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Reeve, Rowland


reeve@pacificlegacy.com
Pacifc Legacy, Inc., Hi, USA
Archeology: Western Province

Current affiliation, academic qualifications and contact details
Rowland B. Reeve
900 Kumukoa Street
Hilo, Hawaii 96720, USA
reeve@pacificlegacy.com

I am currently employed as a Consulting Archaeologist for the cultural
resources management firm of Pacific Legacy, Inc., which does work in the
Western United States, the Hawaiian Islands and the Pacific.  My region of
focus at the present moment is the Island of Hawai`i.  My academic
qualifications include a Masters Degree in Archaeology from the Institute of
Archaeology, University of London (I have attached a current CV to a
separate email).

 

Research record and future proposals

My first period of research in the Western Solomons was conducted in the spring of 1986. At that time I was serving as principle scientist and archaeologist on the Operation Raleigh Solomon Islands expedition. At the suggestion of Hon. Job D. Tausinga, who was then Premier of the Western Province, the expedition concentrated its archaeological research in the Kusage cultural area of northern of New Georgia island.  Prior to the cessation of head hunting in 1914, the Kusage people had avoided the coastal region where they presently make their home, and had dwelt in the forested interior.  Most of their settlements, shrines and storied places were concentrated within the extinct volcanic crater of Mase. The crater was (and still is) heavily forested.  The Mase River, which flows through the crater, provided an abundant source of fresh water.  While most of the early settlement areas within the crater are not marked by surface structural remains, and are thus difficult to identify, the traditional shrines and other sacred places are still well known to the Kusage pig
hunters who frequent the crater.  With their help, members of the expedition were able to relocate and map a number of these shrines and storied places. Expedition members also collected custom stories from the older Kusage, providing a cultural context for many of the archaeological sites recorded. A map of the Kusage homeland showing the locations of their sacred and storied places was given to the Kusage at the close of the expedition.

Following the end of the Operation Raleigh Solomon Islands expedition, I was
asked by officials of the Western Province Government to return to the
Solomons and establish a Provincial Archaeology Program within the Cultural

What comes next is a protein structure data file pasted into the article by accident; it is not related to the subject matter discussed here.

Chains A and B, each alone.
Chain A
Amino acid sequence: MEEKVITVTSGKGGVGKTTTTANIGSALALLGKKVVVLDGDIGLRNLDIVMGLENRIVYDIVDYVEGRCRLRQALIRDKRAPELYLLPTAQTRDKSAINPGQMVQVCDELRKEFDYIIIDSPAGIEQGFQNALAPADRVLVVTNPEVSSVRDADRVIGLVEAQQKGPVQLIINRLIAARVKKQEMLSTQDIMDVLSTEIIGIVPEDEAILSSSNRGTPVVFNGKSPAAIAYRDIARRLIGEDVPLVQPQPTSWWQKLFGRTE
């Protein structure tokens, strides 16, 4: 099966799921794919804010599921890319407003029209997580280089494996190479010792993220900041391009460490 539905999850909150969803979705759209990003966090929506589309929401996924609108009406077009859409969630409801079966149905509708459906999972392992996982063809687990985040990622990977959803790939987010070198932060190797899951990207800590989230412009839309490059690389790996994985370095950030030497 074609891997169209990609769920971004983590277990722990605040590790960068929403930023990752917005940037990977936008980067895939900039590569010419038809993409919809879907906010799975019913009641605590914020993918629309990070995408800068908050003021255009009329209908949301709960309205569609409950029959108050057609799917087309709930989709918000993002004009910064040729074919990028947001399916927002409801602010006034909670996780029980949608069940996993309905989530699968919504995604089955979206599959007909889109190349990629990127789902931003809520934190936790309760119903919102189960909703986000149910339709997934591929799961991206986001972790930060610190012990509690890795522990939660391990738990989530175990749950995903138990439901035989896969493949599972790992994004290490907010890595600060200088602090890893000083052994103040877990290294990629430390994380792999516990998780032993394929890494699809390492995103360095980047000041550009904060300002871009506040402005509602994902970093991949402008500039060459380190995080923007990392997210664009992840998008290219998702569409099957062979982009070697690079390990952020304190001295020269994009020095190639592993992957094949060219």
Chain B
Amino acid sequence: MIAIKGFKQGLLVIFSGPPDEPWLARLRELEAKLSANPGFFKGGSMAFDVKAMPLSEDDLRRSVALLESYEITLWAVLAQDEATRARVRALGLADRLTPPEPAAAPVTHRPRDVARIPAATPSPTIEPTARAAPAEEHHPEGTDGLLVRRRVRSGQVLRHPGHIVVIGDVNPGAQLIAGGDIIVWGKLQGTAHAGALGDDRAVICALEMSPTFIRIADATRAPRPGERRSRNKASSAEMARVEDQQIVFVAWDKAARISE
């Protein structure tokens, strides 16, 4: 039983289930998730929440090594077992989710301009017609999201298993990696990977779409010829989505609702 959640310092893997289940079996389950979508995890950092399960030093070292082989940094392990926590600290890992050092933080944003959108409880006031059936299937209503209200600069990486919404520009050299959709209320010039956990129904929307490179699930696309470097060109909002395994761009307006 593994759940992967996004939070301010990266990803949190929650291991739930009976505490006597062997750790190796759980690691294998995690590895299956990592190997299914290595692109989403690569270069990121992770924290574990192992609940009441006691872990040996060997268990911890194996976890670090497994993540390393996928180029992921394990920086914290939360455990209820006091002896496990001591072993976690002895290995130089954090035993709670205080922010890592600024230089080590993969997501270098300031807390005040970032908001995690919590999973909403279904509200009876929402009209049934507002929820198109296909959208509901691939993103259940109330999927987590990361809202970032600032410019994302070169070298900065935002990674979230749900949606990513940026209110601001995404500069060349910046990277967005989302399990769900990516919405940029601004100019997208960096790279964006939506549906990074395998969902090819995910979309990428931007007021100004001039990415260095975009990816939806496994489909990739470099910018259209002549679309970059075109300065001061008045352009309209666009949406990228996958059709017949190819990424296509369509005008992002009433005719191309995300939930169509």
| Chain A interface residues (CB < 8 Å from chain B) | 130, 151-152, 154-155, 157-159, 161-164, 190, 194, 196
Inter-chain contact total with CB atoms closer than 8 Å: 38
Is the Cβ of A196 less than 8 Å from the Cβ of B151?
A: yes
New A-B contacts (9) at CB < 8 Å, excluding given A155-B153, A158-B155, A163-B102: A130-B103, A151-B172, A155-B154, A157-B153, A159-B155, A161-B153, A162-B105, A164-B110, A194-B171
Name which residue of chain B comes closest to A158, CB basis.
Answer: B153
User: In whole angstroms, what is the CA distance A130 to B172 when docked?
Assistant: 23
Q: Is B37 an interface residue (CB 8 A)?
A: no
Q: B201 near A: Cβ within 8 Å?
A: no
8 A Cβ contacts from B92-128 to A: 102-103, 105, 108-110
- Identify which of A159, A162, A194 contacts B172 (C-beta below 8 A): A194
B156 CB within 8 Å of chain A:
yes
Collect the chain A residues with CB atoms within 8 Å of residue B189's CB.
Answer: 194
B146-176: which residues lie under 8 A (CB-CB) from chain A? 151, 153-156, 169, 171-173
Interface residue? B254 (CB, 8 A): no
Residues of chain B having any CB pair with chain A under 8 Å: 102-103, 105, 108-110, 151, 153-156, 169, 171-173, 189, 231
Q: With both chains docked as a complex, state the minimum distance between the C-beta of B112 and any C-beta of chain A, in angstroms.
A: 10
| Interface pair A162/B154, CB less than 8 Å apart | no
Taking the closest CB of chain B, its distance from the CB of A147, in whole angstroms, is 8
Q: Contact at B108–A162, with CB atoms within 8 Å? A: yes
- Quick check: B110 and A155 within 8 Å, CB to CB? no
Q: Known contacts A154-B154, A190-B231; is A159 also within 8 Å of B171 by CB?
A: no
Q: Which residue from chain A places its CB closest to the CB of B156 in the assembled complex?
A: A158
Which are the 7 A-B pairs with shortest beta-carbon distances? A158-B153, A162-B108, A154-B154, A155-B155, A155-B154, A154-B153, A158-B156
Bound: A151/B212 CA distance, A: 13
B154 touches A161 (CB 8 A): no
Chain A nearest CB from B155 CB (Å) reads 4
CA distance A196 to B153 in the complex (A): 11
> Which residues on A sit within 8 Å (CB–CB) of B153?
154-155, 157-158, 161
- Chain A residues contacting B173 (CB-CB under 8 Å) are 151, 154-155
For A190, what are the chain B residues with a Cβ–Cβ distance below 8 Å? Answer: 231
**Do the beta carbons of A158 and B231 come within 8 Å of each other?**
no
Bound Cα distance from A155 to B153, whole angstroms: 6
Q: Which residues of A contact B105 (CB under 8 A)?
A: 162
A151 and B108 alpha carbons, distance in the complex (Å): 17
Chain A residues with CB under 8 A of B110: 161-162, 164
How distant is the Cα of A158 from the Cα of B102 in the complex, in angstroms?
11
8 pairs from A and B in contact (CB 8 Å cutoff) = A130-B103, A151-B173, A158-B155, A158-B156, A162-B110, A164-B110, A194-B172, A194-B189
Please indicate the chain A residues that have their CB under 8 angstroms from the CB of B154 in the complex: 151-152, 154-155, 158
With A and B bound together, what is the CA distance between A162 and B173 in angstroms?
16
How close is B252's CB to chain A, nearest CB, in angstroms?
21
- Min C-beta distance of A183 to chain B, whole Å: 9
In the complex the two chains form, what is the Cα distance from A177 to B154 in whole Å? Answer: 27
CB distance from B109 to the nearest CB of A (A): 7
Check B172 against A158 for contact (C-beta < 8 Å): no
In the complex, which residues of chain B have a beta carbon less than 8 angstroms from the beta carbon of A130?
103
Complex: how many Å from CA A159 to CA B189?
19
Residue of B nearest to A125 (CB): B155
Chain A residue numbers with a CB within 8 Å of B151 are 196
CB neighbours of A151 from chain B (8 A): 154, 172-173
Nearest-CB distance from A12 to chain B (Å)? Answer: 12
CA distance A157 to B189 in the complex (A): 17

Affairs Department. One of my responsibilities as Provincial Archaeologist
was to teach a group of five trainees, taken from various parts of the Province, the theory and practice of archaeology. The archaeological field work undertaken as part of this training was conducted within the Mase Crater, continuing the mapping and site recording begun during the Solomon Islands Expedition. At the completion of my work in the Solomons, one of the trainees, Kenneth Roga, took my place as Provincial Archaeologist.

My primary mission during my second stay in the Western Solomons was the establishment of a Provincial Archaeology program.  During the course of my visit to the various islands within the Province, however, I was able to visit a number of archaeological sites and develop some observations as to the prehistory of the Western Solomons.  The results of these researches were written up during a period as Visiting Researcher at the Australian National University, and published as "Recent Work On The Prehistory of the Western Solomons" in the Bulletin of the Indo-Pacific Prehistory Association (Vol. 9, 1989).  This publication is available below.

Although my field research in the Western Solomons was undertaken many years ago, I maintain a keen interest in the archaeology of the Province and hope that my research may be of use to future generations of Solomon Islanders.  I strongly support the Bergin Initiative and am willing to assist it and the Province in any way that I can. I would like to assist in having my publications on the Western Solomons become available as PDF files for the proposed research repository. Only a small amount of my Solomons research was published in scholarly journals. The write up of the first phase of my work in the Kusage region of New Georgia was included in the reports of the Operation Raleigh expedition to the Solomon Islands.  I will attempt to provide a PDF of this report.

 

Key publications/reports/materials
           
Reeve, Rowland 1990. “The Early History of the Western Province: Results of Recent
Investigations”. 'O'O, A Journal of Solomon Island Studies, 1990.

Reeve, Rowland 1989. “Recent Work On The Prehistory of the Western Solomons.”  Bulletin of the Indo-Pacific Prehistory Association, Volume 9.

Reeve, Rowland 1987. “Report of the Operation Raleigh Solomon Islands Expedition”. Archaeology, 1987.

 

MATERIALS
Reewe (1989) Prehistory of W.-Solomons (article).pdf


Western Solomons
westernsolomons.uib.no
Updated 12 January, 2011